Sheffield's most vandalised streets where council workers must scrub out 'offensive' graffiti

The most vandalised streets in Sheffield are a off-the-beaten path alley in the city centre and a back alley in a neighbourhood in Lowedges.
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Sheffield’s taxpayers do not bear the cost of graffiti in the Steel City too heavily. Rather than something the council pays for on each incident, removing spray paint from public areas is bundled into its existing contract with Amey.

However, an FOI to the City Council by The Star has revealed how some Sheffield streets are more plagued with graffiti than others, amounting to hundreds of man hours by council workers to remove it and at least £2,300 spent on chemicals and equipment to scrub it away.

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The Star asked the council for data on which streets had the most reported incidents of graffiti, and how many incidents the council had to respond to, including if the graffiti was deemed ‘offensive’ by containing profanities or hate speech.

Graffiti on Blast Lane, Sheffield. The off-track alleyway is Sheffield's most graffitied, according to incidents reported to the city council.Graffiti on Blast Lane, Sheffield. The off-track alleyway is Sheffield's most graffitied, according to incidents reported to the city council.
Graffiti on Blast Lane, Sheffield. The off-track alleyway is Sheffield's most graffitied, according to incidents reported to the city council.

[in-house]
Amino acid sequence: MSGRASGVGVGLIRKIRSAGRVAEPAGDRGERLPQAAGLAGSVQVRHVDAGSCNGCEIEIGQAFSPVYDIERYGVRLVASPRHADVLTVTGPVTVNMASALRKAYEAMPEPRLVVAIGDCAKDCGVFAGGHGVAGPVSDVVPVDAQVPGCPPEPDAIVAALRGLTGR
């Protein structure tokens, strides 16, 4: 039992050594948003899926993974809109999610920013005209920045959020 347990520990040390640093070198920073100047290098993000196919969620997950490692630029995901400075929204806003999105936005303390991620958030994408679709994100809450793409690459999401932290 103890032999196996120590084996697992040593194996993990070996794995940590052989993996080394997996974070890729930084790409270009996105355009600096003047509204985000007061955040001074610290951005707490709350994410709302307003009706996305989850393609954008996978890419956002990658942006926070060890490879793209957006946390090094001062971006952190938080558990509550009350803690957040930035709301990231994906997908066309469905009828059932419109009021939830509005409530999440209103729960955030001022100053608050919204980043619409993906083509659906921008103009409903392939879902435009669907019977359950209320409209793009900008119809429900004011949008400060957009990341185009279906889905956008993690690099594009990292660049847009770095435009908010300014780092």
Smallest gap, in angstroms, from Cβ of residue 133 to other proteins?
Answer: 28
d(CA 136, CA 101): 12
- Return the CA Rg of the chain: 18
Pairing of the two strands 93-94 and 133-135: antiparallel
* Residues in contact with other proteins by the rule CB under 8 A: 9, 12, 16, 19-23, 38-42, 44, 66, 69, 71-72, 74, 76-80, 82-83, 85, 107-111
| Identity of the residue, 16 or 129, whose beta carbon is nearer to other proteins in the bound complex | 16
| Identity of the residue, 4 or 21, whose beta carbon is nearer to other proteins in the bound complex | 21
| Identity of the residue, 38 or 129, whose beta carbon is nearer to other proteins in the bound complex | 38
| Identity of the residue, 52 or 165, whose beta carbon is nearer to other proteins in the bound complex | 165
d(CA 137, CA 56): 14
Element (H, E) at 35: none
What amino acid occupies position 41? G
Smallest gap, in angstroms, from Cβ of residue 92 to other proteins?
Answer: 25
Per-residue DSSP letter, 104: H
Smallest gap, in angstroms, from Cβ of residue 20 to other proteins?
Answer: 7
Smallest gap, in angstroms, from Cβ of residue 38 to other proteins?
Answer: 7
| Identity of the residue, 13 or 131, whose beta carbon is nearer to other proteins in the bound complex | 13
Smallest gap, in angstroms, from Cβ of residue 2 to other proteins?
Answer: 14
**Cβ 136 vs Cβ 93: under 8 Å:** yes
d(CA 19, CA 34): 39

The road with the most reports of graffiti since 2020 was London Road with 29 reports – but as one of the busiest in the city, this is perhaps not too surprising.

Far more surprising were the 27 incidents ascribed to Gervase Avenue, a neighbourhood in Lowedges, or the 24 incidents on Lupton Walk, a short back alley off Lowedges Road.

And, in the city centre, while the underpasses on St Mary’s Gate and Arundel Gate saw them have a high number of incidents of 19 each, they fell short of a far less well tread street.

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Blast Lane, near Victoria Quays, is heavily used for parking and passes under the bridge made by Derek Dooley Way. The underside of this bridge is heavily graffitied and led to 22 reports, beating the far more busy Arundel Gate and St Mary’s Gate.

Graffiti on Blast Lane, Sheffield. While the council does not track the cost of cleaning individual incidents, cleaning graffiti still takes hundreds of man hours as well as chemicals to clean away.Graffiti on Blast Lane, Sheffield. While the council does not track the cost of cleaning individual incidents, cleaning graffiti still takes hundreds of man hours as well as chemicals to clean away.
Graffiti on Blast Lane, Sheffield. While the council does not track the cost of cleaning individual incidents, cleaning graffiti still takes hundreds of man hours as well as chemicals to clean away.

There were 433 reported incidents in 2020, 466 in 2021 and 344 in 2022. In 2022, a fifth of incidents – 76 – were deemed ‘offensive’, and 190 of the total reports were in housing areas as opposed to city centre streets or public areas.

The council says it cannot identify any money spent on sanctioned or commissioned street art.